By this point, everyone in Flyers nation probably has noticed that Vinny Lecavalier hasn’t stepped foot on the ice in the month of December, and judging by the numbers he has (or hasn’t) been putting up, he’s unlikely to see the ice anytime soon. Point production, however, is just the tip of the iceberg when you look at why Vinny isn’t in the
lineup. And why he probably won’t be in the lineup, especially if the Flyers keep riding their point streak.
A Very Fragile Situation
There comes a point where not all of the blame can rest on Lecavalier’s shoulders. Paul Holmgren knew when he signed Lecavalier that his career was on the downward trend, and taking a $4.5 million cap hit for a guy that had one injury free season since 2008-2009. Holmgren also knew that Lecavalier was a career minus-117 (before he signed as a Flyer) and that he was unlike any other forward on the Flyers roster. Lecavalier is a one-way, offensive minded forward. That’s not a product of him here, that’s just how he’s been his whole career, and any marginally intelligent hockey mind should have known that. The Flyers aren’t (and weren’t really ever) a finesse team. They are a team that feeds off of garbage goals, structured offensive zone play, and special teams. And it’s been that was for years now. Add in the fact that the Flyers forwards are a relatively defensively responsible group, and there really was never a chance for Lecavalier’s style of play to fit in. It’s led to misunderstandings and deep frustrations.
Lecavalier is obviously frustrated, and as I mentioned above it isn’t entirely his fault, but there comes a point where you need to come back down to reality. Lecavalier doesn’t deserve to be playing, Scott Laughton does. Quite frankly, salary should matter here, and neither should experience. Lecavalier has been a defensive nightmare this year, and despite making what he makes, the Flyers are better off scratching him at this point, and that is in part due to the play of Scott Laughton. Despite his young age, Laughton has nearly hit Lecavalier’s point total already, and he has looked extremely good defensively.
Better off Without Vinny?
It’s really hard in hockey to say that someone is actually pulling the team down with them, but with Vinny Lecavalier, it’s hard to argue that with what the stats are telling us. Take a look at just how much Corsi improves when Lecavalier is off the ice, the results will surprise you.
|Player||With Vinny (CF%)||Without Vinny (CF%)|
|Michael Del Zotto||35.50%||51.70%|
This table brings to light a very sad reality for Vincent Lecavalier. He is bringing the team down.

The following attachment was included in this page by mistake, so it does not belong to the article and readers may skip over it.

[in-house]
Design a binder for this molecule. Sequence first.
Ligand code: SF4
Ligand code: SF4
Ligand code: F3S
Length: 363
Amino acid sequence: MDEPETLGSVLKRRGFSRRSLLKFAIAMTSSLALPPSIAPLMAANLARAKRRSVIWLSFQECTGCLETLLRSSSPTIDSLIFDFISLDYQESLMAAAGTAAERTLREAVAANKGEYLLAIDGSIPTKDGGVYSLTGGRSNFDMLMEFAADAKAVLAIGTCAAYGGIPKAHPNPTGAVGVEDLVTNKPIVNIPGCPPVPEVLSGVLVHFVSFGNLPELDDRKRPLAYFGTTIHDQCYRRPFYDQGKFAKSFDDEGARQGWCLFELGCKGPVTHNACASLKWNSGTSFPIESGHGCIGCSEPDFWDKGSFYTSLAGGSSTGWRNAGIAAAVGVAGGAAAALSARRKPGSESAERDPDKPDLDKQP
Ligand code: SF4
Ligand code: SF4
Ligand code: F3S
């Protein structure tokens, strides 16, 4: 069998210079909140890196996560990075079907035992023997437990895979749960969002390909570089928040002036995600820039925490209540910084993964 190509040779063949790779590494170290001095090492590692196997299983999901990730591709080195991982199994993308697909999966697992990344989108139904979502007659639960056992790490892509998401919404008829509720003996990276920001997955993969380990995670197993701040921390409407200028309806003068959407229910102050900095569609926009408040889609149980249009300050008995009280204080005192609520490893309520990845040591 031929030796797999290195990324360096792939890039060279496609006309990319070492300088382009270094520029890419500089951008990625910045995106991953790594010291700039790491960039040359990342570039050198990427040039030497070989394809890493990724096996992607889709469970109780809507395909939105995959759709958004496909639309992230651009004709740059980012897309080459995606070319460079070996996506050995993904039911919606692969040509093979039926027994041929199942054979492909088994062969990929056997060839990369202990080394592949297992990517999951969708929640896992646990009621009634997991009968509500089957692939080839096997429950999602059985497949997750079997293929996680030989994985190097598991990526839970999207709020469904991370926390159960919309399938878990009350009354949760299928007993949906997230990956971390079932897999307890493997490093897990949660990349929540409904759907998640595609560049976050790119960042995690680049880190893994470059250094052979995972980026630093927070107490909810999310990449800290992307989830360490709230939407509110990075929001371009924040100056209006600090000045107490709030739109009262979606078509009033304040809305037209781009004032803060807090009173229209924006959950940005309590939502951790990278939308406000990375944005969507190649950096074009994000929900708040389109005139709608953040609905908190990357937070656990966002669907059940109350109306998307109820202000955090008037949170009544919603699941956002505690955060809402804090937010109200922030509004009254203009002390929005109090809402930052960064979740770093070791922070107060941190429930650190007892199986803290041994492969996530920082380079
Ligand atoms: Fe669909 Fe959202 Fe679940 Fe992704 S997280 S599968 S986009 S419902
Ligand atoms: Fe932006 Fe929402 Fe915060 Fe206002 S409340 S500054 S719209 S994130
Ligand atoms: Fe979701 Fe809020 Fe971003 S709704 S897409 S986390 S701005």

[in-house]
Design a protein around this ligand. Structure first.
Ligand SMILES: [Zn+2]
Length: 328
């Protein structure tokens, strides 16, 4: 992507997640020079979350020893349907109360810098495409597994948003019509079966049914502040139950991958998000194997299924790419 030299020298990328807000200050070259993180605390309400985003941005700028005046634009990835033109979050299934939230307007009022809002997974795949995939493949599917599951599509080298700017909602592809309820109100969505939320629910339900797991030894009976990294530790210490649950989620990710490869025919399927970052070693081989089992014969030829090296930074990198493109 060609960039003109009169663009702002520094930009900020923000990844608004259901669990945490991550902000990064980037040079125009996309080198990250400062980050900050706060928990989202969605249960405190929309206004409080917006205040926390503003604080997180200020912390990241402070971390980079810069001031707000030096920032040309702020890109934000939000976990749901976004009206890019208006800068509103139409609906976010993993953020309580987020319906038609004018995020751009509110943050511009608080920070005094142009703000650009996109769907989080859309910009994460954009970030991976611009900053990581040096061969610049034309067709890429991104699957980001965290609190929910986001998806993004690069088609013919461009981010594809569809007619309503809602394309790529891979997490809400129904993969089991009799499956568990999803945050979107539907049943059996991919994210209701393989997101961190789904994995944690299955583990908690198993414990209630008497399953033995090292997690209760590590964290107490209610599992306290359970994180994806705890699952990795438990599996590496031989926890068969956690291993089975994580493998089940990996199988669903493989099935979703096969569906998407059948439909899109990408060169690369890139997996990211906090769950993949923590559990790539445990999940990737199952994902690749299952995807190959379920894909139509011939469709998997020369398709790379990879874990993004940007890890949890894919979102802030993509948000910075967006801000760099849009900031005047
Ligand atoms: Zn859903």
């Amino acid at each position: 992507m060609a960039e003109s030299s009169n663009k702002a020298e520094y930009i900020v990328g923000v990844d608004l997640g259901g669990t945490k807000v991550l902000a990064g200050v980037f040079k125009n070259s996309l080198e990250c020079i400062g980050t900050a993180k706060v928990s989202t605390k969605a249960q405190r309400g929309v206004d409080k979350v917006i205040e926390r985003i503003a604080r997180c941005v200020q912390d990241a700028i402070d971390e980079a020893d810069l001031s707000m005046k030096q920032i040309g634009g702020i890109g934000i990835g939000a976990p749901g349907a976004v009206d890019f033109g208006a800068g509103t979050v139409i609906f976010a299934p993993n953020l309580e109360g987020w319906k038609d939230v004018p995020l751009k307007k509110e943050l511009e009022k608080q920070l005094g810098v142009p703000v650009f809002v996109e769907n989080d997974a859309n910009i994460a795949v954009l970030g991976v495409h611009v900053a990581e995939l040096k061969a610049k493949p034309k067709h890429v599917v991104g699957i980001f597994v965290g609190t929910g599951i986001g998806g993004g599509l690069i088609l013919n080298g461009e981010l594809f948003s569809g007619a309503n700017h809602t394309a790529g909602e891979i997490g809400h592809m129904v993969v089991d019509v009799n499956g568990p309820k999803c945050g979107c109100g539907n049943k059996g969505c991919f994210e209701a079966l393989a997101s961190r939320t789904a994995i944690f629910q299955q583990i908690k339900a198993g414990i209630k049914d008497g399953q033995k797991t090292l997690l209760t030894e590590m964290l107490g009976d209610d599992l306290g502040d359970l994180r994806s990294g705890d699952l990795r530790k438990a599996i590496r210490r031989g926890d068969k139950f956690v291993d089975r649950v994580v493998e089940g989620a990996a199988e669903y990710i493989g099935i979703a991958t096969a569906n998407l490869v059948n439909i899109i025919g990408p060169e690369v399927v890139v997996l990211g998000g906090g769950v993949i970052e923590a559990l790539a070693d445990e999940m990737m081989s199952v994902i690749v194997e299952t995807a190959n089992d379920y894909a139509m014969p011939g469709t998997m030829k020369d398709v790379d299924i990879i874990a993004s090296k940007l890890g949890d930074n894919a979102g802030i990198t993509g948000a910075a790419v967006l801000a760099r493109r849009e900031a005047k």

As many of you know, corsi percentage goes a long way in describing which zone the puck is in while the player is on the ice, and how long they are pinned, or on the offensive attack. The chart above is sorted by ice time played with Lecavalier. Del Zotto played over 60 minutes with him, and Rinaldo played a few seconds under 20 minutes with him. These numbers show a very clear distinction, and it’s a disturbing trend that follows nearly every player on the team. Corsi dips dramatically when Lecavalier is on the ice with you, rather than when he is not.
Take Michael Del Zotto as our case study. His corsi percentage goes up 16% (!!!!) without Lecavalier on the ice with him. That is astonishing. If you want to crunch the numbers even more. Del Zotto’s Corsi For per 20 minutes (CF20) with Lecavalier is 13.85, and his CA20 is 25.12. Take Lecavalier off the ice and Del Zotto’s CF20 is 19.27 and his CA20 is a 17.97. To put this in simpler terms, that means that when Del Zotto is on the ice without Vinny, the team gets about 6 more shots off then when Lecavalier is with them. More importantly, opponent gets 8 less shots off per 20 minutes. That’s huge. the The ice is much less tilted toward the defensive zone when Lecavalier isn’t out there.
Most well-rounded, good players increase CF% when they are on the ice. For example, Claude Giroux’s table would look the exact opposite of the one above. Nearly every player on the team has a CF% over 50% when they are on the ice with Giroux. The same goes for Wayne Simmonds and Jakub Voracek. Even Matt Read, who has been a ghost this season, only drops players CF% by about 2%.
The Flyers can’t afford to spend time in the defensive zone running around, and these numbers further reinforce the fact that the Flyers are running around in the defense zone when Lecavalier is out there, alot more.
What To Do?
It’s a tough situation when you are scratching a possible hall of famer. Not to mention taking a huge cap hit to have the guy sit in the press box all game. But the Flyers need to keep doing it. Since scratching Lecavalier, the Flyers are 3-1-2 and starting to find their groove again. More importantly they are finally getting goals and points from guys other than Giroux, Voracek, and Simmonds. They have outscored their opponents 9-2 in their last two games. That is a huge plus, and something that could put this team back into playoff contention.
If benching Lecavalier means increased production for guys like Matt Read, Sean Couturier, Scott Laughton, and Brayden Schenn, then it’s something that the Flyers are going to have to continue doing. The sad reality for Vincent Lecavalier is that he is lost on a team where he just does not fit in, a team where his style is such an outlier, that he is bringing other players down around him. That isn’t something the Flyers have time to deal with, or can afford to deal with.
Matt is a contributor for the Philadelphia Flyers at The Hockey Writers. He has previously covered the Flyers for GrandstandU. He enjoys playing hockey and making music in his spare time.